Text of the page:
Oxford Covid-19 vaccine produces strong immune response in older adults

Oxford Covid-19 vaccine produces strong immune response in older adults

In a major development, it has emerged that a COVID-19 vaccine undergoing the third phase of a clinical trial in Pakistan has shown promising results, ARY NEWS reported on Friday.

The Sinopharm vaccine requires two doses per individual for efficacy.

That follows findings in older participants unveiled last month and data in July that showed the vaccine generated robust immune responses in adults aged 18 to 55.

It found that the vaccine caused few side effects, was better tolerated in older adults than in younger adults, and produced a similar immune response across age groups.

Many who have been inoculated in China are not formal participants in drugmakers' trials and are said to have done so voluntarily.

Earlier in the week U.S. biotech firm Moderna released data suggesting its vaccine is nearly almost 95% effective.

Experts have always been asking Pfizer and Moderna the demographics of their participants but there are no reports about it until now.

"We are relying on guidance from the CDC and the government's Operation Warp Speed initiative to finalize plans to safely administer COVID-19 vaccines to our frontline staff who choose to receive it when it becomes available".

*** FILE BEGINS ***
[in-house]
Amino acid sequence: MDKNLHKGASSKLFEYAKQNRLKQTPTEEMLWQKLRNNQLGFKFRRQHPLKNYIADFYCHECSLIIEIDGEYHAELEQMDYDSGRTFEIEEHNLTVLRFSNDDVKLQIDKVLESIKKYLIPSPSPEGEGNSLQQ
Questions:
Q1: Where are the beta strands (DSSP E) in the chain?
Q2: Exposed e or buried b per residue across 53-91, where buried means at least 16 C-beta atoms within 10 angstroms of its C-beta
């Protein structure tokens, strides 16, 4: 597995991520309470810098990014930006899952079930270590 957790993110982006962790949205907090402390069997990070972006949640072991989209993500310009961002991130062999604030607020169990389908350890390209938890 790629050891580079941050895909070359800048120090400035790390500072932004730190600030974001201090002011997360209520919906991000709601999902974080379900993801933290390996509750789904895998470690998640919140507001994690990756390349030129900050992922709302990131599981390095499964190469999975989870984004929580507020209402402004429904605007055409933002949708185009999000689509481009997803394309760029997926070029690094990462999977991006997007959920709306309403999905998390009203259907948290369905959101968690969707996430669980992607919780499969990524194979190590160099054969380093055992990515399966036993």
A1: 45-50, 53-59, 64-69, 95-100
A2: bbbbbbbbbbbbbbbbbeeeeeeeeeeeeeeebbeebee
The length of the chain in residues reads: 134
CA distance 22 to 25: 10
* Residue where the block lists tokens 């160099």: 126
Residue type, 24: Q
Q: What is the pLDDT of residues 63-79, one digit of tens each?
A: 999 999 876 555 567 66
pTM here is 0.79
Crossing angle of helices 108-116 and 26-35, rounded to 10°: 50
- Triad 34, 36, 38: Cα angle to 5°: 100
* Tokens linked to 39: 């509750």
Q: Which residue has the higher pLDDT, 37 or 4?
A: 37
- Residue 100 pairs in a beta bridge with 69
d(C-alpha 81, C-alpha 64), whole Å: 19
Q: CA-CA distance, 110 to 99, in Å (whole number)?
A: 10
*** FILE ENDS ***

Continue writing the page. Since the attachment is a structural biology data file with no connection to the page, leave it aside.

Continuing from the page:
Many other airports and airlines are also learnt to be preparing for vaccine transportation - possibly the largest ever air cargo opportunity so far; comments from them were awaited.

Andrew Pollard, director of the Oxford Vaccine Group, said however that it was still too early to know the level of effectiveness of the drug he develops with the British pharmacist and said: "We have not yet reached that point".

"We're still waiting to get to the point where we can do the analysis to just work out how well the vaccine can protect people, and we're getting ever closer to that", he told journalists.

The researchers from The University of Oxford and AstraZeneca began working on the vaccine in January and they started their human clinical trials in April.

Sinovac is already pushing ahead with late-stage trials, although one phase 3 trial of its vaccine was stopped in Brazil this month after reports of a serious safety concern, with one report stating a death is involved but that it was not in the vaccine arm.

Availability of the vaccine in India will be subject to approval by domestic regulators, and the Indian government agreeing to purchase them.